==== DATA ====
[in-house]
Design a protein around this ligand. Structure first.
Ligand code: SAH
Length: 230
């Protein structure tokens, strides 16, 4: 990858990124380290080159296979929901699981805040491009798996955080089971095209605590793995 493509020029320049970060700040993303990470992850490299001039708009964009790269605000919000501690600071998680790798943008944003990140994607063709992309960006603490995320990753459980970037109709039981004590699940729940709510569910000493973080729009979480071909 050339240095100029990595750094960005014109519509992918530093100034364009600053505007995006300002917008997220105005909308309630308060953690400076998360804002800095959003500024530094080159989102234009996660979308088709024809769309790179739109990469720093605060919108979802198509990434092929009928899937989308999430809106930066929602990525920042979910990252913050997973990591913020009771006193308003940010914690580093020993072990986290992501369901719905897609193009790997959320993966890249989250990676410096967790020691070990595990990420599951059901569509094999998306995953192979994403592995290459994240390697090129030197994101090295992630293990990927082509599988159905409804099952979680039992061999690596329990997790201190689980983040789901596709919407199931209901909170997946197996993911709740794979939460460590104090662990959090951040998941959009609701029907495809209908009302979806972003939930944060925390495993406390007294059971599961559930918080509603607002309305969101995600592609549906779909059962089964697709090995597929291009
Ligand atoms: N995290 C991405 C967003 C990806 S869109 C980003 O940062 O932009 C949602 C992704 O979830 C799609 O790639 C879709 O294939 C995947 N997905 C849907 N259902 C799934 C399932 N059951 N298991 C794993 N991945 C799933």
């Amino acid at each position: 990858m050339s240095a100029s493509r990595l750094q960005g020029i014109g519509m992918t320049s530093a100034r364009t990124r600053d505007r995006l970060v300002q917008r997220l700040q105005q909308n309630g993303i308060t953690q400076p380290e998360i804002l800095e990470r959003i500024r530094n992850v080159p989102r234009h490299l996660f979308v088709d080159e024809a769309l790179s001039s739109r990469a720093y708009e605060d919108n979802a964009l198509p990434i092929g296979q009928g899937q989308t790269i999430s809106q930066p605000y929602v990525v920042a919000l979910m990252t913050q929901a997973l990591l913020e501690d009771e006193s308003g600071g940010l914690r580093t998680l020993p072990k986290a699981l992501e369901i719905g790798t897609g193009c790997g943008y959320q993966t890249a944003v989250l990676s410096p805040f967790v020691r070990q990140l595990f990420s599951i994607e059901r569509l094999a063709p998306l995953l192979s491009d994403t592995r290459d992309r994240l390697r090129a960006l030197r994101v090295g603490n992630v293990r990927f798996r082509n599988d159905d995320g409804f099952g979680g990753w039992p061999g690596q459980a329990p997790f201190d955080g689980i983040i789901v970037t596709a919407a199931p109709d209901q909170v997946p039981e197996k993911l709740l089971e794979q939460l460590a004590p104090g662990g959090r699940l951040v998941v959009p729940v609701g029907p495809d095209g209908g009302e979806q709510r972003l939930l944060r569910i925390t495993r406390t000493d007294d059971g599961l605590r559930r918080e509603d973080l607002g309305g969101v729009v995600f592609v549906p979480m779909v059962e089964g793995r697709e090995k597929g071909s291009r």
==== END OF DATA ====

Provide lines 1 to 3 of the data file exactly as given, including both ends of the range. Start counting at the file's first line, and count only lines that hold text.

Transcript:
[in-house]
Design a protein around this ligand. Structure first.
Ligand code: SAH